When the clock strikes, Tom travels back in time to the late-Victorian era, where nobody can see him and he can play outside all he likes. One day he meets a girl called Hatty, who can see him, and from then on Tom goes back to different points in Hatty’s life each night, forwards and backwards through her childhood and early adulthood, not noticing that she is a different age each time he sees her.
For any classic, channelling the ‘feel’ of the original is vital, and director Ian Forrest, designer Martin Johns, and composer/arranger Richard Atkinson triumph here. The music, played by cast members Liam Gerrard, Nick Dutton and Daniel Wexler, is nicely atmospheric, and the whole cast switch roles with gusto (at several points becoming parts of the clock).
Maria Gough and Peter Rylands provide a nicely-observed double act as the slightly comic couple looking after Tom in the 1950s and simple Victorian sweethearts working in the big house in whose garden Tom and Hetty play. Dominic Brewer as Tom and Hayley Doherty as Hatty make an engaging pair, vividly conveying the highs and lows of being a child, even whilst growing up before our eyes. The play’s final encounter between Tom and Hatty – now played with a knowing twinkle by Pamela Buchner – is direct and heart-warming.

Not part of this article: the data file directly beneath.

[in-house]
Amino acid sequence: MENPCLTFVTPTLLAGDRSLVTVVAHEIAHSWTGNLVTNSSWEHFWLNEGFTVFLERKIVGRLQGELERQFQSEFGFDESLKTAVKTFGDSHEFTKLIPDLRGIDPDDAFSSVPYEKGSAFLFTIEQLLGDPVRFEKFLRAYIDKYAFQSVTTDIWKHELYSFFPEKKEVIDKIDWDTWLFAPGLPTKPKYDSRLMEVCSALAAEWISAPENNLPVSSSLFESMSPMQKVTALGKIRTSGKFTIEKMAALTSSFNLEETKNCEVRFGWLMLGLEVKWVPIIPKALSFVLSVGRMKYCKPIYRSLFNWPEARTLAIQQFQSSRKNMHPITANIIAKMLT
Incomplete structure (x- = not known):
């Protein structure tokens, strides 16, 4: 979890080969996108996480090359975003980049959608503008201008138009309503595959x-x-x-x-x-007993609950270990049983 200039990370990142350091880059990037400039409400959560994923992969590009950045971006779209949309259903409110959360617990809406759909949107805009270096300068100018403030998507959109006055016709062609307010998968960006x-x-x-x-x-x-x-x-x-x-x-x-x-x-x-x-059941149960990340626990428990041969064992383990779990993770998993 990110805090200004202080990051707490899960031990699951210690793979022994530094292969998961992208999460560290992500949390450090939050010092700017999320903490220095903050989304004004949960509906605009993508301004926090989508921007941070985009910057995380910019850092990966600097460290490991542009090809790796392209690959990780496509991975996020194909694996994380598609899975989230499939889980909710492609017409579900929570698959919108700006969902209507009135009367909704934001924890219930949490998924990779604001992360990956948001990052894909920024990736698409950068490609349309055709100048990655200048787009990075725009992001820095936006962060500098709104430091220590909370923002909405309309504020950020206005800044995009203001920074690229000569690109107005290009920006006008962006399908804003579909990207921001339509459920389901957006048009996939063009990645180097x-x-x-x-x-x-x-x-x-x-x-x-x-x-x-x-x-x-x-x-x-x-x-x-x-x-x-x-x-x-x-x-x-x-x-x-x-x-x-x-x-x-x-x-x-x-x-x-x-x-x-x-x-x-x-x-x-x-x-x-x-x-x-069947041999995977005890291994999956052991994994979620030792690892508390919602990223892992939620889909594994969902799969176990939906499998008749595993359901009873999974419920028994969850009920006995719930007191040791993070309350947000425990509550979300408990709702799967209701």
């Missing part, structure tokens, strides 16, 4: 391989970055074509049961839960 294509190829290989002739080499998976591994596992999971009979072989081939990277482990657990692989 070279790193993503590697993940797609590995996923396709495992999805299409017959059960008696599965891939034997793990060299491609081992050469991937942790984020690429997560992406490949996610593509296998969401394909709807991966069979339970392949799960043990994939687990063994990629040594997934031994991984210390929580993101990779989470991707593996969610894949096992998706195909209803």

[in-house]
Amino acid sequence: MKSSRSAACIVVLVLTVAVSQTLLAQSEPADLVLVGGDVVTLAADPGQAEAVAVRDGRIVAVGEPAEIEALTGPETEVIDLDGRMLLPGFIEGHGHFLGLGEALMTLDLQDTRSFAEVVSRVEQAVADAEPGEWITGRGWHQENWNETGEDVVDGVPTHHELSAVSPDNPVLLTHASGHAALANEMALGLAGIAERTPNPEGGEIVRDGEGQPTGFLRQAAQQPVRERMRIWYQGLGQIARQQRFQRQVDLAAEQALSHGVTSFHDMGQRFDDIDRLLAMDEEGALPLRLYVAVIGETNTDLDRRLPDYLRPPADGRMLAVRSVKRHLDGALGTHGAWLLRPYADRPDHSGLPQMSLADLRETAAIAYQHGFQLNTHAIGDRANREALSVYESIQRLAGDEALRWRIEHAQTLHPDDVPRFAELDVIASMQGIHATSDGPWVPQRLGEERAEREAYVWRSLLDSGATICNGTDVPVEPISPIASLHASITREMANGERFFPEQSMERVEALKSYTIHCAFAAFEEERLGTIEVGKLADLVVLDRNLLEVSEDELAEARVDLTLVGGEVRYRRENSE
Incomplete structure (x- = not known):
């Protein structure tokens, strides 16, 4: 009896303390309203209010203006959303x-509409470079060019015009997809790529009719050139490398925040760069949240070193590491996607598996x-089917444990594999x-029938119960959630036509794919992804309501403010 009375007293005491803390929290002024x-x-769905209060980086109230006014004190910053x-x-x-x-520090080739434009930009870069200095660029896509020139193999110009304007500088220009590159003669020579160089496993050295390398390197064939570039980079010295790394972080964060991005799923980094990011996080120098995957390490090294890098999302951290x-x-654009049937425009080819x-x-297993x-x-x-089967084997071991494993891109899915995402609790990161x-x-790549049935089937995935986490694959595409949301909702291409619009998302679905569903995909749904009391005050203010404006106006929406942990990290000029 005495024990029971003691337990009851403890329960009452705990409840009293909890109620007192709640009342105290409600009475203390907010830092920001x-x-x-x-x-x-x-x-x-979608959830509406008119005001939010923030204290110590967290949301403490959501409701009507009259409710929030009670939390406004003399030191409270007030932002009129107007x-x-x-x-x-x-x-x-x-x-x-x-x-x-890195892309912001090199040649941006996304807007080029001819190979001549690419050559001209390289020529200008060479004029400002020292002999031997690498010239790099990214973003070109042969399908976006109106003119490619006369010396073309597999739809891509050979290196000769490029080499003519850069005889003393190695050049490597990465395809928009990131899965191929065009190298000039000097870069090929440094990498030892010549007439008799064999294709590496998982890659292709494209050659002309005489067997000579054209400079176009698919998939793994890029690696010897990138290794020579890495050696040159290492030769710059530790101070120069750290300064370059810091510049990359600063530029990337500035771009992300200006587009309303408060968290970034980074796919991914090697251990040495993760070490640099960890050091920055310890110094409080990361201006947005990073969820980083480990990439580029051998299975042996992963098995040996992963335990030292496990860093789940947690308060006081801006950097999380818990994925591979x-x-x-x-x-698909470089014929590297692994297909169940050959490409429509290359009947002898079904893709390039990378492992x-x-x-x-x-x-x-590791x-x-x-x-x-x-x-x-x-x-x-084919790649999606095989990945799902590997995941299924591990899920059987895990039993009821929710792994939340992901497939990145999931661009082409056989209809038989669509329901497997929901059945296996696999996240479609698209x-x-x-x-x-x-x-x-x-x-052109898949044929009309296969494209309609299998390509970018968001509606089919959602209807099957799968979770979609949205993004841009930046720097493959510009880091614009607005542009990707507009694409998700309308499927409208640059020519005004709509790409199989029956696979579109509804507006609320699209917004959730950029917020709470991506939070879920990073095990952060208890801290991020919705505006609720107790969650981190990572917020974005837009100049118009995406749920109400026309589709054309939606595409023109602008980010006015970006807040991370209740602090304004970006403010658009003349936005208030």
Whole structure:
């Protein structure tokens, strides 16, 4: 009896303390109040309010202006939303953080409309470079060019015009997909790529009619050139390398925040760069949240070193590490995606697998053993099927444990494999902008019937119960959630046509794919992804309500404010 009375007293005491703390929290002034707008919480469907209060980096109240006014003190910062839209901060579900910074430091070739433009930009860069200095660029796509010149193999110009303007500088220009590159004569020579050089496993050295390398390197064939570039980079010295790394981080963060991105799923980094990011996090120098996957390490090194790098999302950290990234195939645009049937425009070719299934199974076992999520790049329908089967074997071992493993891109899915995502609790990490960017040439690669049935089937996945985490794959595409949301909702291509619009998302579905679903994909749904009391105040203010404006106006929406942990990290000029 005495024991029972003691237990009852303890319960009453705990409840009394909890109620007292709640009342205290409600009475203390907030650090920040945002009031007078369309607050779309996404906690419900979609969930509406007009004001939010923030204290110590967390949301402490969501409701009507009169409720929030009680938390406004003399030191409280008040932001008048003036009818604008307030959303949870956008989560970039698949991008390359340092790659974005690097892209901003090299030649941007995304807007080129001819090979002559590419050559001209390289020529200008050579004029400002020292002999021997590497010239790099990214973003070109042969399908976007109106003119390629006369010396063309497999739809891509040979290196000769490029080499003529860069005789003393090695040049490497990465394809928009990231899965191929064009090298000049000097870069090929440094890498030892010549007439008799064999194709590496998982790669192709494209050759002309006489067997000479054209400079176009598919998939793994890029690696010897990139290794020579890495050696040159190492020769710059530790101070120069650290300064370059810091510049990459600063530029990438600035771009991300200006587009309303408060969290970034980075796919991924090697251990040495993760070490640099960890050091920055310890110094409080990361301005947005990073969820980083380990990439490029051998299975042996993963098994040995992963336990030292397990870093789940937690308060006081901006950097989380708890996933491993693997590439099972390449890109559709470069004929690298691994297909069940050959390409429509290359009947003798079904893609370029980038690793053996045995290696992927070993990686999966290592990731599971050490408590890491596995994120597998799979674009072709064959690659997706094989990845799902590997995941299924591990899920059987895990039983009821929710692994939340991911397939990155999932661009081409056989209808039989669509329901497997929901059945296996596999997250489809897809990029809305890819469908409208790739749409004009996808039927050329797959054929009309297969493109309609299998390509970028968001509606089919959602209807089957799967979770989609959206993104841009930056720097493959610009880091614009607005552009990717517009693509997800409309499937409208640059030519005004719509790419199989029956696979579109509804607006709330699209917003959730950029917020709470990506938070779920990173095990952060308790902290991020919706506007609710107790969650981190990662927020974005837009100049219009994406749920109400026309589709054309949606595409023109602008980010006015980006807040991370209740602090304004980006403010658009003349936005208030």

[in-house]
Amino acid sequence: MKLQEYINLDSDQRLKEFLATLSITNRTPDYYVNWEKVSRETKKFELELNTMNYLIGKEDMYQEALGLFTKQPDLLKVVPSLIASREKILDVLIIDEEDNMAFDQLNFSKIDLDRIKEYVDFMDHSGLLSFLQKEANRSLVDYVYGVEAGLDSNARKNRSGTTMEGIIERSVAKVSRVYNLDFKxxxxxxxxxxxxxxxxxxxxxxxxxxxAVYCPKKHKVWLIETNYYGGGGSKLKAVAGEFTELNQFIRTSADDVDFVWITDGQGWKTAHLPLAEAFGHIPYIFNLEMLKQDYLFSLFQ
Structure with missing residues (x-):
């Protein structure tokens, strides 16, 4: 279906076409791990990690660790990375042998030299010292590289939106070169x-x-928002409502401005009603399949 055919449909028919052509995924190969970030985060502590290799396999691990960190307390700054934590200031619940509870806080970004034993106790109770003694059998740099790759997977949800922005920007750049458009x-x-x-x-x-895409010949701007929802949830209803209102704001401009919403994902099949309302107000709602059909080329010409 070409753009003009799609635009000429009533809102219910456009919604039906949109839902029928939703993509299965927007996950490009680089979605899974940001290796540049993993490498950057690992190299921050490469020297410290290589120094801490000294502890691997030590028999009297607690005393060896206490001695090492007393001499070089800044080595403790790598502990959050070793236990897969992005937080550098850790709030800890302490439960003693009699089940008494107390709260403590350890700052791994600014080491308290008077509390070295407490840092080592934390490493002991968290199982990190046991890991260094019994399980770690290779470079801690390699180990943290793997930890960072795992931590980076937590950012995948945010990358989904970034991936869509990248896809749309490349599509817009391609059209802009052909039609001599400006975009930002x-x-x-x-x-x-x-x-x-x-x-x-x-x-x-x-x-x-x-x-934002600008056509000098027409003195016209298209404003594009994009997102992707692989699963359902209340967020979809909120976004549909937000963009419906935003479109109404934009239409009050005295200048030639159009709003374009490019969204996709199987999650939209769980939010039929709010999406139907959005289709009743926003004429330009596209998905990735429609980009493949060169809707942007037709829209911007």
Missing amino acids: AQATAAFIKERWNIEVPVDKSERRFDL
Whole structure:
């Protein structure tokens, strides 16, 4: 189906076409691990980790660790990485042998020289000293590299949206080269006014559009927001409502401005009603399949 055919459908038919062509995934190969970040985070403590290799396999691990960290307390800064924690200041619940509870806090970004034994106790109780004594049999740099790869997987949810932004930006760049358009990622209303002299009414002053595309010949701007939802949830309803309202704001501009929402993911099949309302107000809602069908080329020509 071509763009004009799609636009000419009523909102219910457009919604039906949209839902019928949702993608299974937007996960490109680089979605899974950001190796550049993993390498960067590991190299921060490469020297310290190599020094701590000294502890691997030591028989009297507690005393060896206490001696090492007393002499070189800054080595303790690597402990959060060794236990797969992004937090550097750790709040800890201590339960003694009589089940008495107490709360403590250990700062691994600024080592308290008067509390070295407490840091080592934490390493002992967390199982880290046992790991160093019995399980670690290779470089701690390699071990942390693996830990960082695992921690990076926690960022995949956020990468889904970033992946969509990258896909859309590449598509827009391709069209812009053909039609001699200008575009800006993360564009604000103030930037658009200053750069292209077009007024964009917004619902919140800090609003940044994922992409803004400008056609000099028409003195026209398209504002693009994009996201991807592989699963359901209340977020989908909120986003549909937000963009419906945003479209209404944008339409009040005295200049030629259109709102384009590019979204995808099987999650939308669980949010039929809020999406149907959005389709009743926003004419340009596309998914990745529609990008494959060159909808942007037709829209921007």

Good though the performances are, the real star quality of the production lies in its marvellous integration of music, design and action, switching fluidly between Tom’s different realities, even managing to show just what it feels like to be rushing down a long secret passage through a hedge.
A classic tale of the magic in and of childhood, for young, old and everyone in between, perfect for this time of year, brought beautifully to life by a talented team.
- Stephen Longstaffe